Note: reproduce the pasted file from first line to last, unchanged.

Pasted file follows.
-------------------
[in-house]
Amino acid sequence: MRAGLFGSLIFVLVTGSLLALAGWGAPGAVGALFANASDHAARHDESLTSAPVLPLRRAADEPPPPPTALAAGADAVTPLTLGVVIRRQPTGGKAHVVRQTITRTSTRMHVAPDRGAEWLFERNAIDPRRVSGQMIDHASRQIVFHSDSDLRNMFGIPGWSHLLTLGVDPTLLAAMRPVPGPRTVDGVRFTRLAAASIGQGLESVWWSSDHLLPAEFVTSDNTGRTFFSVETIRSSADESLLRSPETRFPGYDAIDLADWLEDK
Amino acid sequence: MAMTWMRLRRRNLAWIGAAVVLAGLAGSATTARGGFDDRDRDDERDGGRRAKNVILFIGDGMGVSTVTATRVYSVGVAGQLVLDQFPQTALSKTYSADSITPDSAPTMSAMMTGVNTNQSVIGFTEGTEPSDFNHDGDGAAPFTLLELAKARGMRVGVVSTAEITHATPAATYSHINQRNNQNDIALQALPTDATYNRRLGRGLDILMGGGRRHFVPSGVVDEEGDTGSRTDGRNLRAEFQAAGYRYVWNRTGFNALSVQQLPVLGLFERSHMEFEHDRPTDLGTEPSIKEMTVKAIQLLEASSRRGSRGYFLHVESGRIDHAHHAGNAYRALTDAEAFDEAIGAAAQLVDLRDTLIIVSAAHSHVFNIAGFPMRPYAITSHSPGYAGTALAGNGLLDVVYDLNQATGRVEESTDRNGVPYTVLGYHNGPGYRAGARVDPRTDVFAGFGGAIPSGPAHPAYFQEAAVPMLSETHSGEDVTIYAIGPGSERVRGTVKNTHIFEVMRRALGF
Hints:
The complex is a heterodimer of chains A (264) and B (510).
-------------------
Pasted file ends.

[in-house]
Amino acid sequence: MRAGLFGSLIFVLVTGSLLALAGWGAPGAVGALFANASDHAARHDESLTSAPVLPLRRAADEPPPPPTALAAGADAVTPLTLGVVIRRQPTGGKAHVVRQTITRTSTRMHVAPDRGAEWLFERNAIDPRRVSGQMIDHASRQIVFHSDSDLRNMFGIPGWSHLLTLGVDPTLLAAMRPVPGPRTVDGVRFTRLAAASIGQGLESVWWSSDHLLPAEFVTSDNTGRTFFSVETIRSSADESLLRSPETRFPGYDAIDLADWLEDK
Amino acid sequence: MAMTWMRLRRRNLAWIGAAVVLAGLAGSATTARGGFDDRDRDDERDGGRRAKNVILFIGDGMGVSTVTATRVYSVGVAGQLVLDQFPQTALSKTYSADSITPDSAPTMSAMMTGVNTNQSVIGFTEGTEPSDFNHDGDGAAPFTLLELAKARGMRVGVVSTAEITHATPAATYSHINQRNNQNDIALQALPTDATYNRRLGRGLDILMGGGRRHFVPSGVVDEEGDTGSRTDGRNLRAEFQAAGYRYVWNRTGFNALSVQQLPVLGLFERSHMEFEHDRPTDLGTEPSIKEMTVKAIQLLEASSRRGSRGYFLHVESGRIDHAHHAGNAYRALTDAEAFDEAIGAAAQLVDLRDTLIIVSAAHSHVFNIAGFPMRPYAITSHSPGYAGTALAGNGLLDVVYDLNQATGRVEESTDRNGVPYTVLGYHNGPGYRAGARVDPRTDVFAGFGGAIPSGPAHPAYFQEAAVPMLSETHSGEDVTIYAIGPGSERVRGTVKNTHIFEVMRRALGF
Hints:
The complex is a heterodimer of chains A (264) and B (510).